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Will proposed bill keep asbestos legal?

| May 18, 2017 | Blog |

Despite some estimates that asbestos continues to claim as many as 15,000 lives every year, it still hasn’t been completely banned in the United States. In addition, the Senate is now considering new legislation that many believe will, if passed, make it much more difficult for federal agencies such as the Environmental Protection Agency (EPA) to ban this dangerous material in the future.

According to a recent report by the Environmental Working Group (EWG) — a non-profit organization dedicated to protecting human health and the environment — this proposed bill, otherwise known as the Regulatory Accountability Act, follows legislation passed last summer that originally removed many of the roadblocks that had previously stopped the EBA from banning asbestos outright.

Unfortunately, if the Regulatory Accountability Act (HR 5) is passed and signed into law, many new roadblocks will be put in place — essentially stopping the EBP in its current efforts to ban asbestos. For instance, under the language of HR 5, any proposed EPA rules regarding asbestos (or other public health concerns) would have to jump through several hoops, including:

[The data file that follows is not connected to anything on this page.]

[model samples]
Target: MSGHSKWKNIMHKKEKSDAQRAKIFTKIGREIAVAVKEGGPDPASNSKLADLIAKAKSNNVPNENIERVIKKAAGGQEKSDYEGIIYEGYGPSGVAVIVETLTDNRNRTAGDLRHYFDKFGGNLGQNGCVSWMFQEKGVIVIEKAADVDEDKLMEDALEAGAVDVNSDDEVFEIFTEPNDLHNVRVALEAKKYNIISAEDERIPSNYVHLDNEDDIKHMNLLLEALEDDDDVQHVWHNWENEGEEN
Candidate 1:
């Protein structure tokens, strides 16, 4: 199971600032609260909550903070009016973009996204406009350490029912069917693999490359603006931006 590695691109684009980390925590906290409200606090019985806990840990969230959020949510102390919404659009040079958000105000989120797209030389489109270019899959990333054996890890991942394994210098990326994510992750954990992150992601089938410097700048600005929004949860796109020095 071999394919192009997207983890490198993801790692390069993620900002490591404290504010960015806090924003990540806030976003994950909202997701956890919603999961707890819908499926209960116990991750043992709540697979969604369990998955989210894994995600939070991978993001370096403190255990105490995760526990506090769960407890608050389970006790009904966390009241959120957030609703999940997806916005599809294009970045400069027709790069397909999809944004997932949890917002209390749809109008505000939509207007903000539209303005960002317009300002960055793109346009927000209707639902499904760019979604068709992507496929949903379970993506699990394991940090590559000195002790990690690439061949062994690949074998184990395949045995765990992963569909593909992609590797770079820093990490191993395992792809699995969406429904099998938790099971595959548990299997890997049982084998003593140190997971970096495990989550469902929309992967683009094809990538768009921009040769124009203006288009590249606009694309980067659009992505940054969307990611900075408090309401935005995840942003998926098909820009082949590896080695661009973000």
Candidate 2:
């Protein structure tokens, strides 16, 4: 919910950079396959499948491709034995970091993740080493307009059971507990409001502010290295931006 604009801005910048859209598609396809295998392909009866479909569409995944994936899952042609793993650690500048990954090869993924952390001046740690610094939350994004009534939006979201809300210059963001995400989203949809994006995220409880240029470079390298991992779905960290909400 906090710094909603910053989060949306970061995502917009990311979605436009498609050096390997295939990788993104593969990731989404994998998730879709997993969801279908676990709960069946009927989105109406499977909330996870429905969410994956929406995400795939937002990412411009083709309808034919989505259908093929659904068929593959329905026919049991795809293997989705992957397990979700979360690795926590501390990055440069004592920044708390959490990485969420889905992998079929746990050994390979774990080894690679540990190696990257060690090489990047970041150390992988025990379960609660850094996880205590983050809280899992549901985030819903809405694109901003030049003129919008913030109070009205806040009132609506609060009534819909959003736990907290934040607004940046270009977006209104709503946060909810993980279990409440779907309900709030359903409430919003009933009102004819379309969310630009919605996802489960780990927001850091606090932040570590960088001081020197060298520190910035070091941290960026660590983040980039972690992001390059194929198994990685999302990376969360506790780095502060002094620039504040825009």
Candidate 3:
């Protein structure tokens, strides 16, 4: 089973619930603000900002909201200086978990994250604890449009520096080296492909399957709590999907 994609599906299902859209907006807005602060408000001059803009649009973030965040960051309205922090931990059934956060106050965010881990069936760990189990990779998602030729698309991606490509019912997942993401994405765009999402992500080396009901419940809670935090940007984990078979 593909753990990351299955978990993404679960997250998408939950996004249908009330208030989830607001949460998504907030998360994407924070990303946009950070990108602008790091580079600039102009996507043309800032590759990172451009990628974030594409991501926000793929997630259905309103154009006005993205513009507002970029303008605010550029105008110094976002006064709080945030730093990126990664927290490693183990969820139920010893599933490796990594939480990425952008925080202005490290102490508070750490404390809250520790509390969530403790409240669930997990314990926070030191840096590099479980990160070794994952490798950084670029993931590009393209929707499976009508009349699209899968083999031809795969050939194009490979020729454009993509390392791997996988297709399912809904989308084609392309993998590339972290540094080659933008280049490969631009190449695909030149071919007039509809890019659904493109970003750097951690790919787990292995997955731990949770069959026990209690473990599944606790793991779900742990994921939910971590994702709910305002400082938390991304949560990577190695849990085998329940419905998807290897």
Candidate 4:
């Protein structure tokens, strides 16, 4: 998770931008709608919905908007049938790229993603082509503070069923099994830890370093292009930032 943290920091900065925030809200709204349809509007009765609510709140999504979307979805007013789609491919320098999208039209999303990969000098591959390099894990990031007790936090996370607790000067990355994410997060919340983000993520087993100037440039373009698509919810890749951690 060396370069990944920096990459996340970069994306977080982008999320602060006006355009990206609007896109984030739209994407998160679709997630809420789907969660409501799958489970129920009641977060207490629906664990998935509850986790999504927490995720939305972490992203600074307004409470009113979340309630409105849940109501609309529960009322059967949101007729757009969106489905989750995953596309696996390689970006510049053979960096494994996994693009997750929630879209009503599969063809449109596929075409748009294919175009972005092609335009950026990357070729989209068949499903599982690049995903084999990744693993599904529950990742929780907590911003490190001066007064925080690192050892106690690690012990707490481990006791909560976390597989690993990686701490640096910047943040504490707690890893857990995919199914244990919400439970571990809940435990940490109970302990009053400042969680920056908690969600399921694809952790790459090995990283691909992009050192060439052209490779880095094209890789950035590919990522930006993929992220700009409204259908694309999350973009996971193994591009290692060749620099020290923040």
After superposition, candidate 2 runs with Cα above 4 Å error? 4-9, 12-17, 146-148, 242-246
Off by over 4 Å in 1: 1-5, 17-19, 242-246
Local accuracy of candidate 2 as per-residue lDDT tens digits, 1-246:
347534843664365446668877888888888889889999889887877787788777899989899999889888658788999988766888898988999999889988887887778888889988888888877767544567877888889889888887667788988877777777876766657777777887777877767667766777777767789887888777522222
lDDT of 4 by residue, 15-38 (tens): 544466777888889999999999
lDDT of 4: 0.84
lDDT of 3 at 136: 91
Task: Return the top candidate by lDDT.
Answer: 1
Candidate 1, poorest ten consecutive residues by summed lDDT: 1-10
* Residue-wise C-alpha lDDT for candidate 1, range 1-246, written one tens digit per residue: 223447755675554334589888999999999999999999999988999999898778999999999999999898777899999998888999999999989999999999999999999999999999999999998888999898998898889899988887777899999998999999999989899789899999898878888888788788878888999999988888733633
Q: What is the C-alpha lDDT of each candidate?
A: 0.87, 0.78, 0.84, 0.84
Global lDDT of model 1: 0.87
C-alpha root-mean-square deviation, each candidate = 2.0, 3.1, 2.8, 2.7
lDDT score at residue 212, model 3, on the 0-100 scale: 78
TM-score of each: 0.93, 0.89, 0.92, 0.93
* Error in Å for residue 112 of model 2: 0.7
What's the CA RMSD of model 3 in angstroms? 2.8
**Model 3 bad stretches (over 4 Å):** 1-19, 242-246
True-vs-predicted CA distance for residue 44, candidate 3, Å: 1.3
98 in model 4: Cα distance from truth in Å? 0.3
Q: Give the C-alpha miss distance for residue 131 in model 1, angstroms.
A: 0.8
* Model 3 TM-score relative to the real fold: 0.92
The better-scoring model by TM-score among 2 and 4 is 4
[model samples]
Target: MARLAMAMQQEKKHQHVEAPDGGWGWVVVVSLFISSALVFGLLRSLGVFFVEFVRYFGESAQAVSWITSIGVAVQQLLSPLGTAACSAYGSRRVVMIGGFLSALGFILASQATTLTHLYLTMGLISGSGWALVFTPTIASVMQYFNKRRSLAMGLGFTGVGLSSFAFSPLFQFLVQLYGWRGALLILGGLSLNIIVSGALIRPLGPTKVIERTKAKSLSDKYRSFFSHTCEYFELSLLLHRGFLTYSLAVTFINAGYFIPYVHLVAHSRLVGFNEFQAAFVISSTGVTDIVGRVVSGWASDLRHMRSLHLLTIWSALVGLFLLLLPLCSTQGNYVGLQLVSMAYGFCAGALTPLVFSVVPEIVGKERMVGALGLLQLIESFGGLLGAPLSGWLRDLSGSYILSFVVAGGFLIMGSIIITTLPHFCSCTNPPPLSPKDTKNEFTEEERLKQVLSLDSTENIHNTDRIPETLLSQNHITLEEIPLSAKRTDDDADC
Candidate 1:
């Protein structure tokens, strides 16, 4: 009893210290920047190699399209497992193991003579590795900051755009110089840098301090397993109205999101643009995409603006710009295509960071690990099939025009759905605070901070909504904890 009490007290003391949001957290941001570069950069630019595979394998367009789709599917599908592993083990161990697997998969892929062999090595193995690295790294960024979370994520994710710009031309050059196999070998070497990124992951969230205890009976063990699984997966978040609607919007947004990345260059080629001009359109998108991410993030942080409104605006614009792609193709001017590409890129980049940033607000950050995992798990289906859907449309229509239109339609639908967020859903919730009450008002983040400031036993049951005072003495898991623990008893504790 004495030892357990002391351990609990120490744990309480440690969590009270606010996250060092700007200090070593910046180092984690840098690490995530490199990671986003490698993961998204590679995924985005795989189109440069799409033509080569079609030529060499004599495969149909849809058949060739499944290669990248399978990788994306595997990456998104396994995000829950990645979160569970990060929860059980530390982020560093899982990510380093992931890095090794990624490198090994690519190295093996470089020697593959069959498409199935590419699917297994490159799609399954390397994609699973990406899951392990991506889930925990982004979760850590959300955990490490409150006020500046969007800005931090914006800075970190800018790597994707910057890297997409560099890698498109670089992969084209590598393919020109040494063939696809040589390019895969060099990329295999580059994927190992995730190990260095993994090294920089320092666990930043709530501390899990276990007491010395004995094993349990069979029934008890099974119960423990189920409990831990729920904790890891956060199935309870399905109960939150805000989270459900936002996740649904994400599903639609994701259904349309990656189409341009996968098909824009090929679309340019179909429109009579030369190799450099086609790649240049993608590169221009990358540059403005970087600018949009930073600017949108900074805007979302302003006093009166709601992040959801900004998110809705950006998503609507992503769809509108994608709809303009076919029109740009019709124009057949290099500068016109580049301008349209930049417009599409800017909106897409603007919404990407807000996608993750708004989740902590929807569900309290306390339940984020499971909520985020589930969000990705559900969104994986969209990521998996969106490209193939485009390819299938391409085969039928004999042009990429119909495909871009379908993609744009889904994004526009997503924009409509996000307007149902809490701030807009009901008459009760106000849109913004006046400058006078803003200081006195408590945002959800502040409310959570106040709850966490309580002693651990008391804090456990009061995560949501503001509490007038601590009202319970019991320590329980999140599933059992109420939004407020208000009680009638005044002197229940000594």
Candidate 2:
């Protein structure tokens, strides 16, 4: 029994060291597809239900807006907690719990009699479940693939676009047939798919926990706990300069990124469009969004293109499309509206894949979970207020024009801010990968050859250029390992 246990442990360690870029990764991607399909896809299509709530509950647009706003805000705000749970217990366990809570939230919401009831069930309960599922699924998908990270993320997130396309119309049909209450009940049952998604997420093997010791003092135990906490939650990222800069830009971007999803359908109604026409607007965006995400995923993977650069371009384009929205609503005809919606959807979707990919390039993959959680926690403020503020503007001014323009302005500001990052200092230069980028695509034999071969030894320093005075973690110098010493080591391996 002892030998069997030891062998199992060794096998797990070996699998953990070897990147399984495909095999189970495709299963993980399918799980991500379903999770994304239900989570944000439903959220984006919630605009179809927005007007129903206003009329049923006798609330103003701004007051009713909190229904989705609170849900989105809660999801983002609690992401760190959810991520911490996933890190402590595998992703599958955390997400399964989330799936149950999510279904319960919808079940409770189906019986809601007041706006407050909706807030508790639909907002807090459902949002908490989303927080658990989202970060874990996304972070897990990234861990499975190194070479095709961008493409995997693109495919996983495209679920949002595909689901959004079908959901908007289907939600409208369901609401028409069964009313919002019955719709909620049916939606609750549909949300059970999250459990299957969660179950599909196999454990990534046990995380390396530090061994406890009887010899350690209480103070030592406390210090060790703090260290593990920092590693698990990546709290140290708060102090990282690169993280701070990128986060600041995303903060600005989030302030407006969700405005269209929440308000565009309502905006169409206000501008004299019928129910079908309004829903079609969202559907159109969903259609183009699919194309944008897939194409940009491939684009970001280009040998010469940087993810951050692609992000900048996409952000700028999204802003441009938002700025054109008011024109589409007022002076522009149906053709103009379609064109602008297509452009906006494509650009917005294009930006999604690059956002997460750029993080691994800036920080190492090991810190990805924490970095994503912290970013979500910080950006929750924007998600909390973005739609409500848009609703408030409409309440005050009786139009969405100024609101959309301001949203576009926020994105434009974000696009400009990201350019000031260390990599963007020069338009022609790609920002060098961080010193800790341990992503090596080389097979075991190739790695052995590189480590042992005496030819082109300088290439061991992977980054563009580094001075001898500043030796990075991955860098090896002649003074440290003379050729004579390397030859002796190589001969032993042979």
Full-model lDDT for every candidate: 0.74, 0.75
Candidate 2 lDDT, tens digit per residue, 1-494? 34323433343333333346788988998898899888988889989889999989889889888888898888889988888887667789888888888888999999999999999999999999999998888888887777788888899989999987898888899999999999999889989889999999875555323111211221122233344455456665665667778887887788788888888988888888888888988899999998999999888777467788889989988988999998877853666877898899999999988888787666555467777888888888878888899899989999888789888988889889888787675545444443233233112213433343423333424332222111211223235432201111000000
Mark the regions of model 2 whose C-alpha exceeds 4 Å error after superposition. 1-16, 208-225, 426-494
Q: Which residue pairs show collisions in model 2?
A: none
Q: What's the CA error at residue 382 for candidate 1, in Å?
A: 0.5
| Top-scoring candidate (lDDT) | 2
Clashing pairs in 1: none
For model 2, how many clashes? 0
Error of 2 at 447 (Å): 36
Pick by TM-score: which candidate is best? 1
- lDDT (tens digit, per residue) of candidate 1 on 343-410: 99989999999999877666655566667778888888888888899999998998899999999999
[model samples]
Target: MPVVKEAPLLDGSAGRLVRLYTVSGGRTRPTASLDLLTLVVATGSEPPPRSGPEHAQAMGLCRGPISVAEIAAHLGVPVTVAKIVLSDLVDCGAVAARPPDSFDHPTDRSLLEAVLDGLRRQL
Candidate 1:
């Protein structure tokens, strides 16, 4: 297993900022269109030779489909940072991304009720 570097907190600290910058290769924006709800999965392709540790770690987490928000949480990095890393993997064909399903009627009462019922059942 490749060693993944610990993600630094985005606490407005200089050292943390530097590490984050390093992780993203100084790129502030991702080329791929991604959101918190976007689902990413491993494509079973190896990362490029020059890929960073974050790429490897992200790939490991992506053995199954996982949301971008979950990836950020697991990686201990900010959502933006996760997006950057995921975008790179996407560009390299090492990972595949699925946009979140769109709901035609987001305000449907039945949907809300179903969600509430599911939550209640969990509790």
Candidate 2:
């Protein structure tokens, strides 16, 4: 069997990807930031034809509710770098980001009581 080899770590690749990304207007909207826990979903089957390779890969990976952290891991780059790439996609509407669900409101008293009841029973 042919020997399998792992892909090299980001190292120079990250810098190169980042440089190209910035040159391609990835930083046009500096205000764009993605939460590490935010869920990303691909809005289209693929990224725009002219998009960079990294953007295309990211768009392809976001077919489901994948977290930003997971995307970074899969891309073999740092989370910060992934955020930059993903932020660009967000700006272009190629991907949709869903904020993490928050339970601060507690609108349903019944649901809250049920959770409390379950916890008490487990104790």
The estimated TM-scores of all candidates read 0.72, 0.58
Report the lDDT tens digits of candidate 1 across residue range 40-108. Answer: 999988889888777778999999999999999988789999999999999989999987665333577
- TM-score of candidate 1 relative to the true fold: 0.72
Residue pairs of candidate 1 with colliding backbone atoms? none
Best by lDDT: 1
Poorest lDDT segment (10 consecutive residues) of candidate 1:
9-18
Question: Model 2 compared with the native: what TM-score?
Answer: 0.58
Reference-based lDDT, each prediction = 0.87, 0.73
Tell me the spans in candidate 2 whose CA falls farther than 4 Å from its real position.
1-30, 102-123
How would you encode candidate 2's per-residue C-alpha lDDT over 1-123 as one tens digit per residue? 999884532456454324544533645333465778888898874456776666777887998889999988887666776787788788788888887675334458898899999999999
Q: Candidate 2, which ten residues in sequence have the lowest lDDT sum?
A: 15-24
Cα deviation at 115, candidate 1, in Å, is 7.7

• Agencies must repeatedly consider potential alternatives for their new rules, and, in the case of asbestos, possible alternatives that may not include a complete ban.
  • Agencies are required to pick a rule on the basis of the “least cost,” meaning less effective asbestos-related rules may be approved solely on the basis of cost to the industry.
  • Agencies are required to hold a hearing before the adoption of any high-impact rule (meaning it will likely have an annual impact on the economy of $1 billion or more), which will further delay the rulemaking process.

Keep in mind, the points above are merely a small sample of how this bill may impact the federal rulemaking process.

While it is too early to know whether the Regulatory Accountability Act will become law, it has already been passed by the House and is now with the Senate. For now, we will just have to wait and see if this legislation will have the impact many already fear

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